Some of us are just at a point in life where we want to keep the comforts we are accustomed to, specifically a good night’s sleep. Of course, the key to a good night’s sleep is the mattress upon which it happens. Some of us like them firm, others springy. We might like pillow tops or memory foam or anyone of the other inventions that have, in recent years, made sleeping much more of an experience than a necessity.

With the need for a good mattress, however, comes the need to occasionally replace the old one. While the question of what feels warm and cozy may have been address with the purchase of a new mattress, a new question remains: What to do with the old one? Each year, Americans throw away some 20 million mattresses, each of which takes up an enormous amount of space.

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As landfills are overflowing and the planet is reeling from the amount of waste strewn across it, adding another mattress to that milieu might feel a tad off. Fear not, there are better options out there:

1. Give It Away

While many of us would scoff at the thought of a secondhand mattress, just as many of us would jump at the chance to get a free one. Think about family that might want one, such as nieces or nephews off to college or whoever else might be after a high-quality mattress for the cost of picking it up. Then, there is always The Freecycle Network, Craigslist or Facebook Marketplace.

old mattress against a brick red wall

Source: madathanu/Shutterstock

2. Donate It

If giving the old mattress away to familiar person doesn’t go well, there is always the option of donating it. Lots of charities with thrift stores—The Salvation Army, Goodwill, Habitat for Humanity, etc.—deal in redistributing mattresses in good condition. The rub on this one is that it will need to be professionally cleaned, regardless of it being stain-free and decent. They can’t sell it otherwise, so foot the cost of that (maybe $50) for the good cause and peace of mind.

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If the thrift stores won’t take it, consider a shelter. Check into Donation Town for a little help with that. For mattresses that simply won’t make the cut with humans, another kind of shelter—animal—might be the right avenue. Pooches don’t mind a stain or two on something.

3. Recycle It

For mattresses that are simply beyond being used anymore, period, there are organizations that will recycle them. Around 80% of the material in a mattress is recyclable; however, average centers often won’t handle them. A good place to start looking for this solution is Earth911.com, a website at which you can enter your zip code and find nearby mattress recyclers. More than likely, they’ll charge a small fee for picking it up. On that note, sometimes mattress delivery firms will take away the old ones to be recycled if buyers request it.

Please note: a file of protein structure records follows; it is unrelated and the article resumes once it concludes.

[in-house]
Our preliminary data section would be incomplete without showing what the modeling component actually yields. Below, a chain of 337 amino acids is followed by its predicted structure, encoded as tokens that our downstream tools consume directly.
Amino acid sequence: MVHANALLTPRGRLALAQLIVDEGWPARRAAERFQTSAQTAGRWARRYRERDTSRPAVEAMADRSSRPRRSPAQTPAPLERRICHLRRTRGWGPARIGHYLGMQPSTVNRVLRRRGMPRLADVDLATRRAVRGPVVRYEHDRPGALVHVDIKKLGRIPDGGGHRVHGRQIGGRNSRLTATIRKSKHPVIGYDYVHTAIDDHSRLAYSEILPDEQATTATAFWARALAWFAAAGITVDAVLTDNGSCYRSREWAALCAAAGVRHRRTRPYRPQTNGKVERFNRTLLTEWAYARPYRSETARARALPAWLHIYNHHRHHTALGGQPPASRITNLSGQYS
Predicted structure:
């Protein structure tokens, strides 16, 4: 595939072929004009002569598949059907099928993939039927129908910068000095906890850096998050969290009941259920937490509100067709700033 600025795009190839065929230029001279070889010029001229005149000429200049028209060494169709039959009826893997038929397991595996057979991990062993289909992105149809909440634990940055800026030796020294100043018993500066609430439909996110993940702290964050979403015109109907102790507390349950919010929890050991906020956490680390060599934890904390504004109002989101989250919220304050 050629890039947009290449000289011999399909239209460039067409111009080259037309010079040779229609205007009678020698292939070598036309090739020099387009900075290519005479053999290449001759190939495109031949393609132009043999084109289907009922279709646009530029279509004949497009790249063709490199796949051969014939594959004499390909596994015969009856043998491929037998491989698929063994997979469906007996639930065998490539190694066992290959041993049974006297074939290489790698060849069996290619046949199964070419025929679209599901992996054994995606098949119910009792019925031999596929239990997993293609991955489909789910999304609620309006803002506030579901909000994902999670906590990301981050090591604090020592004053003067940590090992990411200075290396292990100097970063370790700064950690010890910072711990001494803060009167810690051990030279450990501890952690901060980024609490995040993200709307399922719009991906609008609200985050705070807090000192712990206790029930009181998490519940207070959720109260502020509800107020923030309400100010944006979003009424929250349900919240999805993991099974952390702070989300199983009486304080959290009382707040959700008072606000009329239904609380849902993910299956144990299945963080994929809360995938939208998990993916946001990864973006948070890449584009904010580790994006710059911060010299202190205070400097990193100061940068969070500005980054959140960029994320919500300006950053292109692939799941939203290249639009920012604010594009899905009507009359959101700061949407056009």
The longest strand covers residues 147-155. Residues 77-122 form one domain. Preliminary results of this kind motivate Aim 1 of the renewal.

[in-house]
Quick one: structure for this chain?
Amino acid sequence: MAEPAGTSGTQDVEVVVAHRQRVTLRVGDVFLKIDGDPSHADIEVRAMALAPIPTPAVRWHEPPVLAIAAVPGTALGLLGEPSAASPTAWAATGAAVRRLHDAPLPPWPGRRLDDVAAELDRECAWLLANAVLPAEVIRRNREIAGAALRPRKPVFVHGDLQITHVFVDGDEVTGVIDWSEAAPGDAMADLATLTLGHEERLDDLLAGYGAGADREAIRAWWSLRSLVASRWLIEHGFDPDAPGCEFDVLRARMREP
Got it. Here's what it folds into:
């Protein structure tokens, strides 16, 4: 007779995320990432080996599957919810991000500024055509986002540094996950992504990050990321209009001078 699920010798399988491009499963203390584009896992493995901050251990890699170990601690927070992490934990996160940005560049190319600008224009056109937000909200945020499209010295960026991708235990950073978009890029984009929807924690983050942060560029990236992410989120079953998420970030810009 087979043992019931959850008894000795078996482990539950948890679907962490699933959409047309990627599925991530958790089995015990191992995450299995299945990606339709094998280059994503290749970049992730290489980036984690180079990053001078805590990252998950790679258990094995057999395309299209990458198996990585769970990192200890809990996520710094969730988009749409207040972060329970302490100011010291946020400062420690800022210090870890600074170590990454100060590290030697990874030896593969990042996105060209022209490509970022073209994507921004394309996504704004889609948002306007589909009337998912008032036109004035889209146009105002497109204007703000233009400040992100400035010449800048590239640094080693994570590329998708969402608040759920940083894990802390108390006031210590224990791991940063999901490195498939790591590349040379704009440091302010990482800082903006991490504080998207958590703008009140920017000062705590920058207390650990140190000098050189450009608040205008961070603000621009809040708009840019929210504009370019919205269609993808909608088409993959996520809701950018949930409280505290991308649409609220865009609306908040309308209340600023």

4. Upcycle It

For crafty, DIY types, there are lots of goodies to be gleaned from mattresses. The fabric can be used for sewing projects, as can the buttons. The stuffing can be pulled out and reused in homespun pillows and cushions. The wood can be used for carpentry projects, and the springs can dazzle someone with a bit of imagination. It might be fun to take the mattress apart and see what you can build from the pieces.

compost

Source: Creative Commons

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5. Compost It

Okay, technically, a mattress can’t be composted, but it can be converted into a pretty sweet composting system. The wood slats can be used to create the compost bin, the cover and stuffing can be attached to that to create a cover/lid, and the springs can act as backing, upon which vines can grow. The vines will thrive from the compost fertilizing the ground and beautify the dearly departed mattress. Empty the bin when the compost is ready, and do it all again.

In short, there are several sensible things that can be done with mattresses. Perhaps the most important takeaway of this article, though, is that the one thing we shouldn’t be doing is tossing them into landfills. Like so many other things we are acclimated to flippantly chucking in the dump, mattresses have more environmentally friendly, even humanitarian routes out of your bedroom and back into the world at large. It’s worth a little extra effort.

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